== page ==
God Bless: A Political/Poetic Discourse mediated by H. L. Hix



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In poems at once playful and grave, National Book Award finalist H. L. Hix pits excerpts from the speeches of George W. Bush against arguments from Osama bin Laden in a poetic dialogue embracing politics, literature, language, and culture. Reframing Beltway sound-bites and Islamic fundamentalist rhetoric, God Bless delves into the minds of two men whose intransigence has had global consequences. Read More

To break the stalemate, this original sequence of poems plucks the antagonists from their bunkers in Oval Office and Afghani cave and presents them, for the first time, face to face.

“Yoiks, what a strange and unexpected book God Bless is.  I feel my head turning all the way around like the girl in The Exorcist, and I feel a combination of stomach sickness and vertigo.” -William Heyen

H. L. Hix is “one of the most distinctive writers of our time.” -David Mason, The Hudson Review
Hix then opens the conversation to a diverse panel of experts, including the Iranian Ambassador to the United Nations, CNN’s terrorism analyst, distinguished professors of Arabic and Islamic studies, and other prominent writers and authorities, who shed light on the issues raised by the poems.

Publication date: October 2007

Read an excerpt of God Bless.

Read an essay by Philip Brady on God Bless—>My Dinner With Joe

About the Author

poet H.L. Hix

H. L. Hix has published an anthology, Wild and Whirling Words: A Poetic Conversation (2004), and six books of poetry and literary criticism with Etruscan, including Shadows of Houses (2005), Chromatic (2006), God Bless: A Political/Poetic Discourse (2007), Legible Heavens (2008), Incident Light (2009), and As Easy As Lying: Essays on Poetry (2002).  He has two more books forthcoming from Etruscan, First Fire, Then Birds (2010) and Lines of Inquiry (2011). His seven other books include Spirits Hovering Over the Ashes: Legacies of Postmodern Theory (State University of New York Press, 1995) and translations of Estonian and Lithuanian poetry.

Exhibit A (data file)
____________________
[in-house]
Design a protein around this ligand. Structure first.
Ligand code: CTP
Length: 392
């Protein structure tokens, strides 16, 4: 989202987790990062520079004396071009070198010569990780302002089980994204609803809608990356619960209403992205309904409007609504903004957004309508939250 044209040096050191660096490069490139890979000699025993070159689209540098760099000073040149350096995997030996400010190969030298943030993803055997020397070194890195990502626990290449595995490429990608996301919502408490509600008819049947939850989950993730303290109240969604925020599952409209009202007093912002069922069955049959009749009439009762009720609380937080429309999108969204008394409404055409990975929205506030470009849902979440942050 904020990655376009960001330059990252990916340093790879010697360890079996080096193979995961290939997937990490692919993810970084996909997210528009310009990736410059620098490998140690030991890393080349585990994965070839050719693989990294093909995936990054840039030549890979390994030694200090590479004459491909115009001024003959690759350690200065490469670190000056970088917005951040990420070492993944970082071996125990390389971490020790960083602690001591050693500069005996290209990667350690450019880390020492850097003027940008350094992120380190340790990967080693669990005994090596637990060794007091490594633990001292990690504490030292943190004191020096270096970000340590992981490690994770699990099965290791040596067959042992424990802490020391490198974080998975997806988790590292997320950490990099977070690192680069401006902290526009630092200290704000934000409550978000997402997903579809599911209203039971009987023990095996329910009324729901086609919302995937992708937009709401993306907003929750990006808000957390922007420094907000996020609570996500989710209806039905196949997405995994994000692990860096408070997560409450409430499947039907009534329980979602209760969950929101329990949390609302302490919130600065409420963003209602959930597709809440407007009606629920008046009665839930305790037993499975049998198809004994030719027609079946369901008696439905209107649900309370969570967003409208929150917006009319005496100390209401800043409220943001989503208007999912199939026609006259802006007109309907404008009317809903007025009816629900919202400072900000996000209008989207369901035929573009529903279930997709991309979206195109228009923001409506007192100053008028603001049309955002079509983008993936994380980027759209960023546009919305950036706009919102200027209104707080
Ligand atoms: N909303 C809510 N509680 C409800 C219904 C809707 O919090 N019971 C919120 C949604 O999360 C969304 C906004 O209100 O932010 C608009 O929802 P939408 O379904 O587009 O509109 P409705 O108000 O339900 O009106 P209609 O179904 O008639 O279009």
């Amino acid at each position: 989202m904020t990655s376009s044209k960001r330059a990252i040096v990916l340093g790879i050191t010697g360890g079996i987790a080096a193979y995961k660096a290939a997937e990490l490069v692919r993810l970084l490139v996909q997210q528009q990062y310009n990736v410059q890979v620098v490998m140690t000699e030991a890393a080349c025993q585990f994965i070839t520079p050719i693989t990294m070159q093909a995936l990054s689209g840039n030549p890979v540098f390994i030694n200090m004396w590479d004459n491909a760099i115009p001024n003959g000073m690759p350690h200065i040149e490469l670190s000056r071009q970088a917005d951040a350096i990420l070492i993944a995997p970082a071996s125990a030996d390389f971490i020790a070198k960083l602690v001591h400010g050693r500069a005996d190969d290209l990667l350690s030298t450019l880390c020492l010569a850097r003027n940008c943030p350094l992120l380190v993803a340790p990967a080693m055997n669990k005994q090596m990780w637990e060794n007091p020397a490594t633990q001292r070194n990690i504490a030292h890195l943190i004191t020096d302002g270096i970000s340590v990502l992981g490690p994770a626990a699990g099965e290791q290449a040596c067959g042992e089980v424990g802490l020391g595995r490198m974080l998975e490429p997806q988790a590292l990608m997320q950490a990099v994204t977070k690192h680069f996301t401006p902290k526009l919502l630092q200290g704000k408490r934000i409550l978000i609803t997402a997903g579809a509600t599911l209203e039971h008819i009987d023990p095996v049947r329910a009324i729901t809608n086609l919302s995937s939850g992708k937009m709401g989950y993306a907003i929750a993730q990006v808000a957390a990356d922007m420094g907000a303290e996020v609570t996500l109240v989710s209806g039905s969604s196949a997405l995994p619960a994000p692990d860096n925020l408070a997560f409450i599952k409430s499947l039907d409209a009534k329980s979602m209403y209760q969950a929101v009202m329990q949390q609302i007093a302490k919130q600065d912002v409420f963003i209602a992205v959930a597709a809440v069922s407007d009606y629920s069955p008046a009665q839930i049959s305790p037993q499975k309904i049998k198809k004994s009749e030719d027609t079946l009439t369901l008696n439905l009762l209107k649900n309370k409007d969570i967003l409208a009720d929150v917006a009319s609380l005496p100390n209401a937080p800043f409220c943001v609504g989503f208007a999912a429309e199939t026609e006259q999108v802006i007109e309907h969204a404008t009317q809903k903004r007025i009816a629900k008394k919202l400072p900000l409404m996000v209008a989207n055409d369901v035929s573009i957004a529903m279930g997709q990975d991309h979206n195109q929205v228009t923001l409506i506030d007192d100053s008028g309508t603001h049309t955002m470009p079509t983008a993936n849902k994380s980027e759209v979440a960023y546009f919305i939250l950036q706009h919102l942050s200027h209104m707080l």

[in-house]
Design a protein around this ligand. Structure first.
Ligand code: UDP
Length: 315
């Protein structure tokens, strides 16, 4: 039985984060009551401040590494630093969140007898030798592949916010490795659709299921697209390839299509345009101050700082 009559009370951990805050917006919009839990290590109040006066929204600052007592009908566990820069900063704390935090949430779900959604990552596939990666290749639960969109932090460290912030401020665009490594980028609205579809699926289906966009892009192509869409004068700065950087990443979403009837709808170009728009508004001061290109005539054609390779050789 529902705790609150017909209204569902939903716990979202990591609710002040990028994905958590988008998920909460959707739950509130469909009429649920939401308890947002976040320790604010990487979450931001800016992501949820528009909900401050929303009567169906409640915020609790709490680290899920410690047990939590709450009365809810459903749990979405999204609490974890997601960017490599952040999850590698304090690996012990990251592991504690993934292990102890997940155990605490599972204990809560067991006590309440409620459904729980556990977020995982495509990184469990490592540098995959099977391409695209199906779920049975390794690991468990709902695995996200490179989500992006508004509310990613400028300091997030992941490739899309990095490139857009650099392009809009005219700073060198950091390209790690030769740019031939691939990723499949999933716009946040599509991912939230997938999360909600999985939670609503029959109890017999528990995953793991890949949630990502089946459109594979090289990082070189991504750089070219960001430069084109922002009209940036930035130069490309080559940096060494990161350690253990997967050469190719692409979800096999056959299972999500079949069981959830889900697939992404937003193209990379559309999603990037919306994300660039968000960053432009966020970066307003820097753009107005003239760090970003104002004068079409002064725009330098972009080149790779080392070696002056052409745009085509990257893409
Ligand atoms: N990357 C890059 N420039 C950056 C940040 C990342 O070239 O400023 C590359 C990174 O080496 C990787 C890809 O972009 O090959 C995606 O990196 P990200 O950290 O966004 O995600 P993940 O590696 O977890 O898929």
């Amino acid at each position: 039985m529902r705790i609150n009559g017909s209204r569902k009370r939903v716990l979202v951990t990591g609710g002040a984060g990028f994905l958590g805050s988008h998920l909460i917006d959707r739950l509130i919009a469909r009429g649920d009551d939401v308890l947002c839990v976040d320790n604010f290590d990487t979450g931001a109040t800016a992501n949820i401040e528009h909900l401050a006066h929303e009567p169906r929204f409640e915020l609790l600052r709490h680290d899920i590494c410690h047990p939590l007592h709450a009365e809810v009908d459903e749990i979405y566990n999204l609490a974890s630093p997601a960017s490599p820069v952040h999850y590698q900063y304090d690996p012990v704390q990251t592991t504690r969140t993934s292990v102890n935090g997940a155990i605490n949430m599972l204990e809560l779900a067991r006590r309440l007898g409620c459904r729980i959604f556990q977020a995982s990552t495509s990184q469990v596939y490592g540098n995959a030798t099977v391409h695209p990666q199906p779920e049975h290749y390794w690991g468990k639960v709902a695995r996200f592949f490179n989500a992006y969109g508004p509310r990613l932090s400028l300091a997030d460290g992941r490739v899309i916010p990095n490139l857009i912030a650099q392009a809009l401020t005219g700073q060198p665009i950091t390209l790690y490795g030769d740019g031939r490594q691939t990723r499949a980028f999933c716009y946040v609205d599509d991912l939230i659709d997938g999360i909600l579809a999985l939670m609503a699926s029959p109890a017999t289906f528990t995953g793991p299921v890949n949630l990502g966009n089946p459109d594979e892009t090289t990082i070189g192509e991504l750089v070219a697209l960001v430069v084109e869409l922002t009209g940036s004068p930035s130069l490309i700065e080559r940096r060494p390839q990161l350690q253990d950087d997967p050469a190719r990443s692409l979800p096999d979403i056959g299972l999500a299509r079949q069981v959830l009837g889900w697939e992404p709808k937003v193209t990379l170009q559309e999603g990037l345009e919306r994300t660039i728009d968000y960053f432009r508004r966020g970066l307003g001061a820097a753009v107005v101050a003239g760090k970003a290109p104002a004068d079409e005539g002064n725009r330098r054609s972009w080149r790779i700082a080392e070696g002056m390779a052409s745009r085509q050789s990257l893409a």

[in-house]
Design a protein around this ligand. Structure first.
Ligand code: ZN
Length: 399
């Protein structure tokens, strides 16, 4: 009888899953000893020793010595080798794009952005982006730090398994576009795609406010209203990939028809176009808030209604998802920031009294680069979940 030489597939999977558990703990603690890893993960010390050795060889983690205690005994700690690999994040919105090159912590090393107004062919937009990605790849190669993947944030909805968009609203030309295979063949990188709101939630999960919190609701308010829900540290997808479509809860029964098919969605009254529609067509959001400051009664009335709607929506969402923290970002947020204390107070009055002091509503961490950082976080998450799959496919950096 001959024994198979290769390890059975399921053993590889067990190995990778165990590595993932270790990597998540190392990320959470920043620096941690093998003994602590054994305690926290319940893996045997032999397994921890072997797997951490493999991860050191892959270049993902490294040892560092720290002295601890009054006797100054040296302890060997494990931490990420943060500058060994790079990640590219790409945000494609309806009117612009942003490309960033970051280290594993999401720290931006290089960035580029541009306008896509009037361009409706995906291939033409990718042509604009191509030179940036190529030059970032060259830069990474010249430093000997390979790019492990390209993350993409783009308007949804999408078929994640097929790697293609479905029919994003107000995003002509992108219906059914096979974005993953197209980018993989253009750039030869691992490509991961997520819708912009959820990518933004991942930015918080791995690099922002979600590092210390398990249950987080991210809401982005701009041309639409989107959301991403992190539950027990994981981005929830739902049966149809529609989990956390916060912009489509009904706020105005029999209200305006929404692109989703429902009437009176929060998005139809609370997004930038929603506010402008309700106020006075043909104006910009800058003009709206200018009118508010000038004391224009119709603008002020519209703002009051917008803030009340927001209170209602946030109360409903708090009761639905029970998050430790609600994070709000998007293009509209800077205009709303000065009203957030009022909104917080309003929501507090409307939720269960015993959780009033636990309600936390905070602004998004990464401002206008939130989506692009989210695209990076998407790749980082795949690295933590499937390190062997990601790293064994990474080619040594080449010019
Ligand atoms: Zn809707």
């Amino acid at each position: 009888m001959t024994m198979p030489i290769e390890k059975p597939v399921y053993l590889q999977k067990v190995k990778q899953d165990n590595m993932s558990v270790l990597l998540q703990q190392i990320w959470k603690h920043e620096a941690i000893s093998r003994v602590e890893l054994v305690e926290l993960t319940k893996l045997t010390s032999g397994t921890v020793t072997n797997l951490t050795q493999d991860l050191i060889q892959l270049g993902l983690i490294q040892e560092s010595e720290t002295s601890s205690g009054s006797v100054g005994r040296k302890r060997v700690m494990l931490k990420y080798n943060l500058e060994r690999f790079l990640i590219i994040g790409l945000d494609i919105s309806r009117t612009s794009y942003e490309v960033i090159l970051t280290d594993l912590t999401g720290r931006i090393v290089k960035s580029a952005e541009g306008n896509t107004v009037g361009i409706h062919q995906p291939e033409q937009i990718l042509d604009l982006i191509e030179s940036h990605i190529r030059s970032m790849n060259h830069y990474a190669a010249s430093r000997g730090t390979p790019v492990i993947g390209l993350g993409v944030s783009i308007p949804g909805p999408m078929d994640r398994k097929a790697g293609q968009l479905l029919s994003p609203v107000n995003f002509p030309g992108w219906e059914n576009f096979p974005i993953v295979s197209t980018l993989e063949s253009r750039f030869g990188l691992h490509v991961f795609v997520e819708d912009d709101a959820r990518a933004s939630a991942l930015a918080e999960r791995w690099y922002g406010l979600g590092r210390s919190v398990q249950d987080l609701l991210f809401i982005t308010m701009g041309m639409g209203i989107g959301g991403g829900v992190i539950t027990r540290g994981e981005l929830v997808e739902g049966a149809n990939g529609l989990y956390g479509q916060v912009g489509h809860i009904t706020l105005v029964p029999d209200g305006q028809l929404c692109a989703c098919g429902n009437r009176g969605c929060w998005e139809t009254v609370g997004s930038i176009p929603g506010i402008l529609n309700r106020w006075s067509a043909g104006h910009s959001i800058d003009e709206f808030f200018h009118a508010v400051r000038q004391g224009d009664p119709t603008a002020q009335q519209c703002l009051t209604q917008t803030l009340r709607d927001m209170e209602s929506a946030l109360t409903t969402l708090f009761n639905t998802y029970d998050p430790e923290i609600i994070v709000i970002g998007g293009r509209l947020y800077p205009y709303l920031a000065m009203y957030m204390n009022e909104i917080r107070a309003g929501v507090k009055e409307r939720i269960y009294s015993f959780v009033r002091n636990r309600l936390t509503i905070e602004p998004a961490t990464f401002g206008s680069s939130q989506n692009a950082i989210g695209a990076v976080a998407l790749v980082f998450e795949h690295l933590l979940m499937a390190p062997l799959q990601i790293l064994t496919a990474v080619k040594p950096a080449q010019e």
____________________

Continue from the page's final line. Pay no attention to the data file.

In addition to having been a finalist for the National Book Award for Chromatic, his awards include the T. S. Eliot Prize, the Peregrine Smith Award, and fellowships from the NEA, the Kansas Arts Commission, and the Missouri Arts Council. He earned his Ph.D. in philosophy from the University of Texas at Austin, taught at Kansas City Art Institute, and was an administrator at The Cleveland Institute of Art, before accepting his current position as professor in the Creative Writing MFA at the University of Wyoming. He has been a visiting professor at the University of Texas at Austin and at Shanghai University.

Find out more about H.L. Hix on his author page.